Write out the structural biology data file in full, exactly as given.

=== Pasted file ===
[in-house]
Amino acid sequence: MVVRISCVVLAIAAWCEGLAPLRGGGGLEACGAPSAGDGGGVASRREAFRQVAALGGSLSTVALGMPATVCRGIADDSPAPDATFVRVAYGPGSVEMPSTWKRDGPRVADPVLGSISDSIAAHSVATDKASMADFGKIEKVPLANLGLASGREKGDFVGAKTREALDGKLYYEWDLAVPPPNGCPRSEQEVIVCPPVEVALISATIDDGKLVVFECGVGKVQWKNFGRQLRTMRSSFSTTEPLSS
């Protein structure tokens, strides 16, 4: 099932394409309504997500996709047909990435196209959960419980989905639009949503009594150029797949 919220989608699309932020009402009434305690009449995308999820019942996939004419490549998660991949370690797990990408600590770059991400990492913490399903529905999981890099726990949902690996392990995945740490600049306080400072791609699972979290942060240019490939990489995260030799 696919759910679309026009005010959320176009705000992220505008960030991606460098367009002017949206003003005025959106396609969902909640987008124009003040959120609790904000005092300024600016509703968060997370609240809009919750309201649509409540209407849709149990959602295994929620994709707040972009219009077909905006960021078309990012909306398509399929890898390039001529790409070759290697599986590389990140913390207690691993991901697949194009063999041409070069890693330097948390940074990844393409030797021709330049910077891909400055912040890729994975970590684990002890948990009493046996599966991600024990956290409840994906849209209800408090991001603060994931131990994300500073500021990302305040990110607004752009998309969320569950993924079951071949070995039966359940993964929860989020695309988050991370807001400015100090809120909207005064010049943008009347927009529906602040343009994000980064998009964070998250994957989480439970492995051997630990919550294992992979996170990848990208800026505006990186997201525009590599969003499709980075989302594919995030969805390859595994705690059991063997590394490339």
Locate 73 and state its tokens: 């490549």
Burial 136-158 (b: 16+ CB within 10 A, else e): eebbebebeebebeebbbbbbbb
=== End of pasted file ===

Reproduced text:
[in-house]
Amino acid sequence: MVVRISCVVLAIAAWCEGLAPLRGGGGLEACGAPSAGDGGGVASRREAFRQVAALGGSLSTVALGMPATVCRGIADDSPAPDATFVRVAYGPGSVEMPSTWKRDGPRVADPVLGSISDSIAAHSVATDKASMADFGKIEKVPLANLGLASGREKGDFVGAKTREALDGKLYYEWDLAVPPPNGCPRSEQEVIVCPPVEVALISATIDDGKLVVFECGVGKVQWKNFGRQLRTMRSSFSTTEPLSS
């Protein structure tokens, strides 16, 4: 099932394409309504997500996709047909990435196209959960419980989905639009949503009594150029797949 919220989608699309932020009402009434305690009449995308999820019942996939004419490549998660991949370690797990990408600590770059991400990492913490399903529905999981890099726990949902690996392990995945740490600049306080400072791609699972979290942060240019490939990489995260030799 696919759910679309026009005010959320176009705000992220505008960030991606460098367009002017949206003003005025959106396609969902909640987008124009003040959120609790904000005092300024600016509703968060997370609240809009919750309201649509409540209407849709149990959602295994929620994709707040972009219009077909905006960021078309990012909306398509399929890898390039001529790409070759290697599986590389990140913390207690691993991901697949194009063999041409070069890693330097948390940074990844393409030797021709330049910077891909400055912040890729994975970590684990002890948990009493046996599966991600024990956290409840994906849209209800408090991001603060994931131990994300500073500021990302305040990110607004752009998309969320569950993924079951071949070995039966359940993964929860989020695309988050991370807001400015100090809120909207005064010049943008009347927009529906602040343009994000980064998009964070998250994957989480439970492995051997630990919550294992992979996170990848990208800026505006990186997201525009590599969003499709980075989302594919995030969805390859595994705690059991063997590394490339």
Locate 73 and state its tokens: 């490549």
Burial 136-158 (b: 16+ CB within 10 A, else e): eebbebebeebebeebbbbbbbb